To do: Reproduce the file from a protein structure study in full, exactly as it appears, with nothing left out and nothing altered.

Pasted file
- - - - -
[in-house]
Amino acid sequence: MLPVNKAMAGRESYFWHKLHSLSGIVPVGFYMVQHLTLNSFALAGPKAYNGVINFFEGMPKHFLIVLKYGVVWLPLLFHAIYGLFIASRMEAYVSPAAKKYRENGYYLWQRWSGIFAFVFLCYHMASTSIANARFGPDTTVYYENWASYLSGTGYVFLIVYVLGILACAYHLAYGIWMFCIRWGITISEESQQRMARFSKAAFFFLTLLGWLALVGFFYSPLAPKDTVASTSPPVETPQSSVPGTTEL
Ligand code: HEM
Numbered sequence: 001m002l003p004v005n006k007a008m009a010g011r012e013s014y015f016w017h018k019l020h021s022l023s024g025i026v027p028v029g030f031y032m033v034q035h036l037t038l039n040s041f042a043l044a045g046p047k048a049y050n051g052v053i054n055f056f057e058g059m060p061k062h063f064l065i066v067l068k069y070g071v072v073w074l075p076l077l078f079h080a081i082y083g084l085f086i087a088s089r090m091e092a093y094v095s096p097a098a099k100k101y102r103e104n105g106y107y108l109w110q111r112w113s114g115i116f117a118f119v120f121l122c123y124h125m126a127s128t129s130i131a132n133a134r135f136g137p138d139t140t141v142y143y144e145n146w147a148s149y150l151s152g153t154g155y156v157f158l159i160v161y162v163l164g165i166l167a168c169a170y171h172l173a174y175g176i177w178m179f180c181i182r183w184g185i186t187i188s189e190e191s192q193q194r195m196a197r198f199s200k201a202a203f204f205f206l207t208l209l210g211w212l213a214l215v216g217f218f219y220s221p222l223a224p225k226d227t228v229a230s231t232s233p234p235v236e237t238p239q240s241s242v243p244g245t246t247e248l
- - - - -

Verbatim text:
[in-house]
Amino acid sequence: MLPVNKAMAGRESYFWHKLHSLSGIVPVGFYMVQHLTLNSFALAGPKAYNGVINFFEGMPKHFLIVLKYGVVWLPLLFHAIYGLFIASRMEAYVSPAAKKYRENGYYLWQRWSGIFAFVFLCYHMASTSIANARFGPDTTVYYENWASYLSGTGYVFLIVYVLGILACAYHLAYGIWMFCIRWGITISEESQQRMARFSKAAFFFLTLLGWLALVGFFYSPLAPKDTVASTSPPVETPQSSVPGTTEL
Ligand code: HEM
Numbered sequence: 001m002l003p004v005n006k007a008m009a010g011r012e013s014y015f016w017h018k019l020h021s022l023s024g025i026v027p028v029g030f031y032m033v034q035h036l037t038l039n040s041f042a043l044a045g046p047k048a049y050n051g052v053i054n055f056f057e058g059m060p061k062h063f064l065i066v067l068k069y070g071v072v073w074l075p076l077l078f079h080a081i082y083g084l085f086i087a088s089r090m091e092a093y094v095s096p097a098a099k100k101y102r103e104n105g106y107y108l109w110q111r112w113s114g115i116f117a118f119v120f121l122c123y124h125m126a127s128t129s130i131a132n133a134r135f136g137p138d139t140t141v142y143y144e145n146w147a148s149y150l151s152g153t154g155y156v157f158l159i160v161y162v163l164g165i166l167a168c169a170y171h172l173a174y175g176i177w178m179f180c181i182r183w184g185i186t187i188s189e190e191s192q193q194r195m196a197r198f199s200k201a202a203f204f205f206l207t208l209l210g211w212l213a214l215v216g217f218f219y220s221p222l223a224p225k226d227t228v229a230s231t232s233p234p235v236e237t238p239q240s241s242v243p244g245t246t247e248l